That day I simply did what was easiest, which turned out wasn’t in our best interest from a financial standpoint. I purchased all the services from the funeral home located at the cemetery with the plots. I was an emotional wreck that day and did not question the prices. Families need to understand that doing business with a cemetery and a funeral home that seem to work together will not automatically lead to lower prices than they could find elsewhere.
According to Zane Belyea, co-owner of Distinctive Life Cremation and Funeral Services, our recommended provider with locations in Dallas and Houston, you don’t have to overpay for your funeral expenses. He explains that:
“Not only are the services comparable regardless of the location of the Funeral Home, but the products are virtually the same. There are a limited number of casket manufacturers out there and every funeral home has access to the same quality merchandise as the other. Often your “higher-end” Funeral Homes will try to justify their outrageous costs claiming they use only the best when in fact, they are probably selling the same merchandise as the Funeral Home down the street that is charging several thousand dollars less.”
So, Should You Plan Ahead?
Preplanning, also called preneed, is a thoughtful gesture to those you love. It is a type of arrangement that allows individuals to make financial, legal, and other arrangements in advance of their death. With this type of contract, individuals designate how they want to be buried or cremated, arrange for payment of funeral expenses, and set up trusts or other arrangements to benefit survivors. These arrangements provide peace of mind both for those who make them and their families. It’s a matter of taking the time to think about, and record, your end-of-life wishes.
My husband and I decided to start the pre-planning process after our experience with the arrangements for my mom. We want to let our family clearly know our wishes and relieve them of the burden of having to make difficult decisions on our behalf. We also want to provide easy access to funds to pay the expenses, purchased in advance from a trusted professional and protected from inflation. With pre-planning, no matter where we reside in the U.S. at the time of our passing, or which funeral home with whom we choose to work, the plan is transferrable.
FAQs About Preplanning Your Funeral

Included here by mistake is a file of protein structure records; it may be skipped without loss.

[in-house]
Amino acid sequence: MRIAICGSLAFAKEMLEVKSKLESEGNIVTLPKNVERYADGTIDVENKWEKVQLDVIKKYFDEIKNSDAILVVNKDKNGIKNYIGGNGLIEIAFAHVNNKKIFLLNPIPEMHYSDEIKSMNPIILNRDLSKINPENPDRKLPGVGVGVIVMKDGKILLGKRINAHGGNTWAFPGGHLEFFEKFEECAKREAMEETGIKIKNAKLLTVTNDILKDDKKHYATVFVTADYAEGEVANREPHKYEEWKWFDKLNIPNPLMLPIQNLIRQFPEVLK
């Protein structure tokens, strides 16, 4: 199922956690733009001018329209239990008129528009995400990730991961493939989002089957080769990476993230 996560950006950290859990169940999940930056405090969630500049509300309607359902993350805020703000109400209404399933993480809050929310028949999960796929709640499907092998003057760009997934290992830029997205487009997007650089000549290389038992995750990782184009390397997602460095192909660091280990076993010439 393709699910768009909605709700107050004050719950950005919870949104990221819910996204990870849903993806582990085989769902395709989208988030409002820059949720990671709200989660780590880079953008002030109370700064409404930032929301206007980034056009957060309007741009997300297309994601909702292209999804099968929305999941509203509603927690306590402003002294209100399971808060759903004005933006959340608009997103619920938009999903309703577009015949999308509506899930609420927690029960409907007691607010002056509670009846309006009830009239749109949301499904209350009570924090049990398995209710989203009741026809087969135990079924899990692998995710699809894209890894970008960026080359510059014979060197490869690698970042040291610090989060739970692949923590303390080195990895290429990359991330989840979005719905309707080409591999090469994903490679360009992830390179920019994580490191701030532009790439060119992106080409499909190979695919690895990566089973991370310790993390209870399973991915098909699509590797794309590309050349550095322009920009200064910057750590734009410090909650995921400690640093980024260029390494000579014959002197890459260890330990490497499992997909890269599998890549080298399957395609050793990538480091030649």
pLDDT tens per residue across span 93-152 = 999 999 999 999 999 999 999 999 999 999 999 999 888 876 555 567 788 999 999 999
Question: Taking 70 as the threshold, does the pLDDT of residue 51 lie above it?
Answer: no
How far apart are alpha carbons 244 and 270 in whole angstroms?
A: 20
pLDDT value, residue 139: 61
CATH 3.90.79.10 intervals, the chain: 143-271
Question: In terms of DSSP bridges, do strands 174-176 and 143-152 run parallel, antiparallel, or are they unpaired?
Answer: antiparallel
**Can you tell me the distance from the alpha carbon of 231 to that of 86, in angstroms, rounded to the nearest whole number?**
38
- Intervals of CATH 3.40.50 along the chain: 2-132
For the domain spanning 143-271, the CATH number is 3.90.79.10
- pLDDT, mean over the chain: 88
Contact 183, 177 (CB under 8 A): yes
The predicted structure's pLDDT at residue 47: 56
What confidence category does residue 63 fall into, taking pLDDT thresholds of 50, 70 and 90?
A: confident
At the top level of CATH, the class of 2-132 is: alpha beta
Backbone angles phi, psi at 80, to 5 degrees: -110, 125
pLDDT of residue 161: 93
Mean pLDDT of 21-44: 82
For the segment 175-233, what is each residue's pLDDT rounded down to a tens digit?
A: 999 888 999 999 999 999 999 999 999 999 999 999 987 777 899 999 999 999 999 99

Below are some commonly asked questions related to preplanning your funeral arrangements The better individuals and families understand the process, the easier it is to make informed decisions.
What is funeral preplanning?
Preplanning for a funeral involves making decisions and arrangements for your own funeral (or for a loved one) in advance. It allows you to outline your preferences and ensure your wishes are followed.
What are the benefits of pre-planning your funeral?
Preplanning offers several benefits, including:
1. Ensuring your wishes are honored.
2. Relieving your loved ones of the emotional and financial burdens.
3. Locking in current prices for funeral services.
4. Providing peace of mind for you and your family.
Ideally, when should you start the process of preplanning your funeral?
You can start preplanning at any time, but it’s often a good idea to do so when you’re in good health and able to make thoughtful decisions.
Do I have to prepay for my funeral when preplanning?
Prepaying is optional. You can choose to preplan without paying all costs up-front, but prepayment locks in current prices.
Is prepayment refundable if plans change?
The refund policy depends on the funeral home or provider you choose. Be sure to inquire about the terms and conditions of prepayment.
What happens to the preplanning funds prepaid if the funeral home goes out of business?
Funeral preplanning funds are typically held in trust or with an insurance company to protect them in case the funeral home closes.
Can I make changes to my preplanned funeral arrangements?
Yes, you can usually make changes to your preplanned arrangements at any time, whether it’s regarding your preferences or budget.
What happens to my preplanned arrangements if I move to a different location?